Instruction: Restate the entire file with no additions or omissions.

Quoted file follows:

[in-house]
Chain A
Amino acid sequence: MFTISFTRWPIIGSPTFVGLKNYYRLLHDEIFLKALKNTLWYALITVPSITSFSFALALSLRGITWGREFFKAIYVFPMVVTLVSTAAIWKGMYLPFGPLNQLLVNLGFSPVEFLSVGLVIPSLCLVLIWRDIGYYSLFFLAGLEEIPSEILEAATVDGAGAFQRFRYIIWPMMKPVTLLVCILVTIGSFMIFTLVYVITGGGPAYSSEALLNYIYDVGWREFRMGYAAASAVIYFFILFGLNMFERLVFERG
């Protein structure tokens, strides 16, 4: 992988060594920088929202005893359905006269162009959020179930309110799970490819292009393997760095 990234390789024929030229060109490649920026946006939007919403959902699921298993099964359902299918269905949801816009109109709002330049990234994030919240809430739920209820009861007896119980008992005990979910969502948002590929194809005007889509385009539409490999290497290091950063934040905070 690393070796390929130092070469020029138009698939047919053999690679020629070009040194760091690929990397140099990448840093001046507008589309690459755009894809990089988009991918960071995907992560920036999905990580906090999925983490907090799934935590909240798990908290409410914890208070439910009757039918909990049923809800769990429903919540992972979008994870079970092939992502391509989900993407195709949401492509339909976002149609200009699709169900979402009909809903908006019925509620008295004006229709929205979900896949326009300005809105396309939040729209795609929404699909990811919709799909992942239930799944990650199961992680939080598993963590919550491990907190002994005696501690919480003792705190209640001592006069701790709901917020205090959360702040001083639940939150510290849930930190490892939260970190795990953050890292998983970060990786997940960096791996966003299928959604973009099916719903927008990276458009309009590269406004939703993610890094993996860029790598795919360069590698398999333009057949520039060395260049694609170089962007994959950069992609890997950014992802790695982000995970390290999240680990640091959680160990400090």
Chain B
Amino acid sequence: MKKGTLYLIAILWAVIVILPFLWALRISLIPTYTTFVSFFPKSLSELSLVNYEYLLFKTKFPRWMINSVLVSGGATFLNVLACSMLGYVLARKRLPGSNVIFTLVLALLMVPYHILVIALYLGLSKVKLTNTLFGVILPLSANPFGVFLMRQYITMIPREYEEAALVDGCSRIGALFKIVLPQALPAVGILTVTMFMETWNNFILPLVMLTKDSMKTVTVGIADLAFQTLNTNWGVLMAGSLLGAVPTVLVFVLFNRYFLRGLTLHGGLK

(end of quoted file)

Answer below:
[in-house]
Chain A
Amino acid sequence: MFTISFTRWPIIGSPTFVGLKNYYRLLHDEIFLKALKNTLWYALITVPSITSFSFALALSLRGITWGREFFKAIYVFPMVVTLVSTAAIWKGMYLPFGPLNQLLVNLGFSPVEFLSVGLVIPSLCLVLIWRDIGYYSLFFLAGLEEIPSEILEAATVDGAGAFQRFRYIIWPMMKPVTLLVCILVTIGSFMIFTLVYVITGGGPAYSSEALLNYIYDVGWREFRMGYAAASAVIYFFILFGLNMFERLVFERG
């Protein structure tokens, strides 16, 4: 992988060594920088929202005893359905006269162009959020179930309110799970490819292009393997760095 990234390789024929030229060109490649920026946006939007919403959902699921298993099964359902299918269905949801816009109109709002330049990234994030919240809430739920209820009861007896119980008992005990979910969502948002590929194809005007889509385009539409490999290497290091950063934040905070 690393070796390929130092070469020029138009698939047919053999690679020629070009040194760091690929990397140099990448840093001046507008589309690459755009894809990089988009991918960071995907992560920036999905990580906090999925983490907090799934935590909240798990908290409410914890208070439910009757039918909990049923809800769990429903919540992972979008994870079970092939992502391509989900993407195709949401492509339909976002149609200009699709169900979402009909809903908006019925509620008295004006229709929205979900896949326009300005809105396309939040729209795609929404699909990811919709799909992942239930799944990650199961992680939080598993963590919550491990907190002994005696501690919480003792705190209640001592006069701790709901917020205090959360702040001083639940939150510290849930930190490892939260970190795990953050890292998983970060990786997940960096791996966003299928959604973009099916719903927008990276458009309009590269406004939703993610890094993996860029790598795919360069590698398999333009057949520039060395260049694609170089962007994959950069992609890997950014992802790695982000995970390290999240680990640091959680160990400090």
Chain B
Amino acid sequence: MKKGTLYLIAILWAVIVILPFLWALRISLIPTYTTFVSFFPKSLSELSLVNYEYLLFKTKFPRWMINSVLVSGGATFLNVLACSMLGYVLARKRLPGSNVIFTLVLALLMVPYHILVIALYLGLSKVKLTNTLFGVILPLSANPFGVFLMRQYITMIPREYEEAALVDGCSRIGALFKIVLPQALPAVGILTVTMFMETWNNFILPLVMLTKDSMKTVTVGIADLAFQTLNTNWGVLMAGSLLGAVPTVLVFVLFNRYFLRGLTLHGGLK